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Guest commentary / Reducing our dependence on oil


Don’t tax electric cars; stabilize tax revenues instead

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By Steve Marshall and Dan Davids
Published:
Washington state has a problem. We rely on oil for virtually all of our transportation. Imported fuel cost state citizens $16 billion in 2008 and may top that this year.
Washington drivers are paying more than $3.25 a gallon for regular-grade gasoline today, up 40 cents in just one year. Think of this as a new tax hike we pay to foreign oil producers — more than our current total state gasoline tax of 37.5 cents.
And it will get worse. John Hofmeister, former CEO of Shell, predicts that gasoline will be $4 a gallon this year and $5 a gallon by November of 2012. China, now the world’s largest car market, and other emerging economies are driving demand for oil to new highs.
World oil supplies are not keeping up with demand. And the recent unrest in Tunisia, Egypt, Yemen and Jordan raises questions about the long-term stability of Saudi Arabia and other undemocratic OPEC members who control most of the world’s conventional oil supplies.
You would think our elected officials would be doing all they could to reduce our dangerous reliance on oil.
Also, although it is not fully appreciated, Boeing’s commercial aircraft business ultimately depends on moderate and stable oil prices. As fuel prices increase, airlines will raise ticket prices to cover the costs, which will result in fewer passengers and fewer orders by airlines for new jets.
Right now we don’t have a choice in fuels, but that could change with the right policies. At the top of the list is to move from imported oil to our state’s clean domestic electricity. Electric cars are coming, and we should do all we can to accelerate that transition. Boeing may not be able to make electric jets, but electric cars would cut demand for oil and indirectly help stabilize jet fuel prices. And instead of sending oil dollars out of the state, we could be keeping electric dollars here.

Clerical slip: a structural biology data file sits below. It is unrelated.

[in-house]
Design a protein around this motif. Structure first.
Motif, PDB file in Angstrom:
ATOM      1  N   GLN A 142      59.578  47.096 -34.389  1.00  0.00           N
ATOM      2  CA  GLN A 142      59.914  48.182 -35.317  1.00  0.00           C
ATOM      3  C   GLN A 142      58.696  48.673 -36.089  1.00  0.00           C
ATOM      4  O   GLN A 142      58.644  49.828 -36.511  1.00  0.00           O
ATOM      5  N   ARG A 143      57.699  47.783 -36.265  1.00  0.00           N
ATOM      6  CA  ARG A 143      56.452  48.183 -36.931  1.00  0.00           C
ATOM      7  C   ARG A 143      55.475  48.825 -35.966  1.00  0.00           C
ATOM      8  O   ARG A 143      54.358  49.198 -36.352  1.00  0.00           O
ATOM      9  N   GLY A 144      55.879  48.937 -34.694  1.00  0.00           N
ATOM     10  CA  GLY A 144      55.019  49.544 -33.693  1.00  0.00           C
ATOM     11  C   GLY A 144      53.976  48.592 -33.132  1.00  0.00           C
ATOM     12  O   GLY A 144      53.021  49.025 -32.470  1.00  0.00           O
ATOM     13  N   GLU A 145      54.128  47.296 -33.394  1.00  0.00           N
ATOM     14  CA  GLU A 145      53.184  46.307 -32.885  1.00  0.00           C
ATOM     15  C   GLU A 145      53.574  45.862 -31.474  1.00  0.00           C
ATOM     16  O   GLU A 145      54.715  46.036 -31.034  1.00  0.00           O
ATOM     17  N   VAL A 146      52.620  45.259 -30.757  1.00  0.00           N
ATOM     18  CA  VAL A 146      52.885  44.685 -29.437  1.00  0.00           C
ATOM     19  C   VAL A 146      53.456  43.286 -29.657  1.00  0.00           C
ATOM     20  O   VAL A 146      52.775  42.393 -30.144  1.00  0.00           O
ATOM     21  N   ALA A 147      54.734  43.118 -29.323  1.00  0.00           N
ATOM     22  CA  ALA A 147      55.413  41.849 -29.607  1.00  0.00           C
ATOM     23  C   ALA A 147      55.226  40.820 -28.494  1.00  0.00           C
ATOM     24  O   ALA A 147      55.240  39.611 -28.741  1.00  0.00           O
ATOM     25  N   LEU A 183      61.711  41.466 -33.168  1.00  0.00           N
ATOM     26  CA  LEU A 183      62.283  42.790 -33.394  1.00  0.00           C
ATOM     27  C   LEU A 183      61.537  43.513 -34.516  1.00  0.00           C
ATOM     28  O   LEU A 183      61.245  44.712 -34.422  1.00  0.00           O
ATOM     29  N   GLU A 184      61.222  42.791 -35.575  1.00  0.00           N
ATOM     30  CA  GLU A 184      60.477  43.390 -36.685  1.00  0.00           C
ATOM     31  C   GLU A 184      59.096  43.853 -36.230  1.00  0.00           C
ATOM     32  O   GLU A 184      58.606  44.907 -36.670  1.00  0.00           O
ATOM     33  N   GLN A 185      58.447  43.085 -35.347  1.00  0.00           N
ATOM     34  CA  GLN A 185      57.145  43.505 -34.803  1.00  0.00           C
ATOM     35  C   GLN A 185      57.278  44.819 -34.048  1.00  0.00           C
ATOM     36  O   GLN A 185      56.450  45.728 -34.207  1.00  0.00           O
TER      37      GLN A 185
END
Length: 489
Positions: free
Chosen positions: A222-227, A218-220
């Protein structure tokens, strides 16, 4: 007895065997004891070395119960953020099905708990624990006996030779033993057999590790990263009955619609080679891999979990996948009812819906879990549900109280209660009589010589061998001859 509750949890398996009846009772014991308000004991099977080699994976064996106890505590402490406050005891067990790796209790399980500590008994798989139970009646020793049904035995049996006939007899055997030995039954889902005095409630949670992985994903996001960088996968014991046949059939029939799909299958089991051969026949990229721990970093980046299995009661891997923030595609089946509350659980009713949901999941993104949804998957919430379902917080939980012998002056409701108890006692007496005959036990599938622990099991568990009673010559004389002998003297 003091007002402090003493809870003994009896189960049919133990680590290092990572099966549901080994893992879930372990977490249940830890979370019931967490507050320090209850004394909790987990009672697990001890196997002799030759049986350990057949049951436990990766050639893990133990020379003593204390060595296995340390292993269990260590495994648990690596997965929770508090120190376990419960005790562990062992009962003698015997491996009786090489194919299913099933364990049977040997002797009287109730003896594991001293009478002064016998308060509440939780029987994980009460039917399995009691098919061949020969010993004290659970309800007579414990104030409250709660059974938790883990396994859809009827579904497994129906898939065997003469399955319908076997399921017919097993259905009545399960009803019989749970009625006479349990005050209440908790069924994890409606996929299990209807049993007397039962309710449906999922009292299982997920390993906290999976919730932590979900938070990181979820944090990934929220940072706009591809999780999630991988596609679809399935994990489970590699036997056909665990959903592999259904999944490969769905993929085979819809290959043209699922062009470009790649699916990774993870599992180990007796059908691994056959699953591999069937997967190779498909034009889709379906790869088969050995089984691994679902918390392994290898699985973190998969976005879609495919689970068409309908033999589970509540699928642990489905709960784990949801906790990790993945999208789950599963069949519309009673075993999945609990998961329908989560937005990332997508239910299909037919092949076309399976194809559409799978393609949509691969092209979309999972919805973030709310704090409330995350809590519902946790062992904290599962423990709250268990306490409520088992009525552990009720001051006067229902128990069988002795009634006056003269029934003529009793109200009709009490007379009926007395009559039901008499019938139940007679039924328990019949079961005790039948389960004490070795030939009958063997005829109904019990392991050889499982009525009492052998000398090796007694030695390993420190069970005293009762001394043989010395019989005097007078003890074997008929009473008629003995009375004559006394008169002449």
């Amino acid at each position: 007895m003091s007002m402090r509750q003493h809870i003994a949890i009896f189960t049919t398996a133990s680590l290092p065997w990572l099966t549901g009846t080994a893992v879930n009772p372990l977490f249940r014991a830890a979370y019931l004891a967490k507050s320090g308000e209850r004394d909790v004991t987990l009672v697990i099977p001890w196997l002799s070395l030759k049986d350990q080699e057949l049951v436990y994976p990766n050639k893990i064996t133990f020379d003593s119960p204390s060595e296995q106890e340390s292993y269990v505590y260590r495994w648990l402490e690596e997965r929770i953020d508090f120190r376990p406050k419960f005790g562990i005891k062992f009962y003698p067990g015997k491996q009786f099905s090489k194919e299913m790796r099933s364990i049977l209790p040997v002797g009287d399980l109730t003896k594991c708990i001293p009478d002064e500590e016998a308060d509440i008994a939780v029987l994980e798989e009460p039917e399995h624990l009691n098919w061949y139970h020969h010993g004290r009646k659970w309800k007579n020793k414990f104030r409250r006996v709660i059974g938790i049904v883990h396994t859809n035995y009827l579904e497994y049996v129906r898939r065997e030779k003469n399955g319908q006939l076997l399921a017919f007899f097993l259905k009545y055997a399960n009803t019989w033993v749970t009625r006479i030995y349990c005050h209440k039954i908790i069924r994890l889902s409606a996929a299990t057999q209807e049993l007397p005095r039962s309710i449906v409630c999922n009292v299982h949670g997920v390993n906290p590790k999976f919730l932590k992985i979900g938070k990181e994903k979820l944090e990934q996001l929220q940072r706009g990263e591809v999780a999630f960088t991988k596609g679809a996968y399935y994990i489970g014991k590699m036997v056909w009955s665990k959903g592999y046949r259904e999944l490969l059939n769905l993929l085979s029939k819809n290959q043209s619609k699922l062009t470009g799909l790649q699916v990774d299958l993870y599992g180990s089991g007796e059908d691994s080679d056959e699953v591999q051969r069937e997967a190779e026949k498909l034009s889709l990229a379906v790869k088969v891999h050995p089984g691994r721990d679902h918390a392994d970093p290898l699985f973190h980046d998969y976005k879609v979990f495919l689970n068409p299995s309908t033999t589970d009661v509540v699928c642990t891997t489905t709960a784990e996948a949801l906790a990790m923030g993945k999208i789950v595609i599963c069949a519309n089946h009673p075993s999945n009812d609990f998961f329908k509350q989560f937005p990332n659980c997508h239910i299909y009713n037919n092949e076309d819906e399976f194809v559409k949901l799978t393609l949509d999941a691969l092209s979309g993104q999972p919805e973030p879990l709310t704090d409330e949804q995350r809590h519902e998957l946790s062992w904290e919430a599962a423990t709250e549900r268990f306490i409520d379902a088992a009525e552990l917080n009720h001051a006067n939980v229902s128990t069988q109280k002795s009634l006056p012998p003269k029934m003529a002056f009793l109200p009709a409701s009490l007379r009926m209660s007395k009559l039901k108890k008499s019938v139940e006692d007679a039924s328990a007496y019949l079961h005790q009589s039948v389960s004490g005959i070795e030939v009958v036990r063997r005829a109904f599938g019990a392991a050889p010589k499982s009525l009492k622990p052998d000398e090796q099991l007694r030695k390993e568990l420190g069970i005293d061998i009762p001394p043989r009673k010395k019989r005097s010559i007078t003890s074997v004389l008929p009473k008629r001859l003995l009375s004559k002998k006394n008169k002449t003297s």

But there is a bill in the Legislature that has it backwards. Instead of making the transition from oil more rapid, it would impose a tax on electric vehicles just at the time that we need to do the most to encourage high production and sales.
Although our Legislature can’t do anything to drill for more domestic oil — we don’t have any in this state — it can lead the shift to the electricity we do have.
State legislators worry that per capita gasoline tax revenues are going down as people drive less and buy more fuel-efficient cars. Some legislators say that taxing electric vehicles is a way to make up those lost gas tax revenues. But for the next few years, there will be only small numbers of electric cars on state roads, so taxing them won’t help our current state financial crisis. Instead, it sends the wrong message about what is in our long-term best interests. We need another solution.
Variable road pricing may eventually emerge as an answer to declining gas tax revenues. The Puget Sound Regional Council assumes that most roads in the region will be tolled by 2040. But it may take years to convince skeptical voters to accept new road user fees. Even then, putting a new road revenue system in place will take time.
In the interim, there is a way for the Legislature to stabilize gas tax revenues that would also encourage the transition from foreign oil to our own domestic electricity.
The Legislature should set as a baseline an amount equal to the highest year of gas tax revenues. Each year, if revenues fail to meet the baseline, the per gallon gasoline tax would be adjusted to ensure that the same baseline level of revenues are collected. An inflation adjustment could also be added to ensure the same purchasing power for road repair and construction.
The vote on a tax on electric vehicles will be a test: Are we serious about cutting our dependence on imported oil or not? Do we want to keep more of our fuel dollars at home, help avoid $4 a gallon gas and cut pollution? If so, we need to send a strong and consistent signal that the days of oil’s dominance in transportation are numbered.

Steve Marshall is a nationally recognized expert on energy and transportation and has organized and moderated a series of Beyond Oil conferences. Dan Davids is president of Plug In America, the nation’s largest consumer-focused electric vehicle advocacy group.

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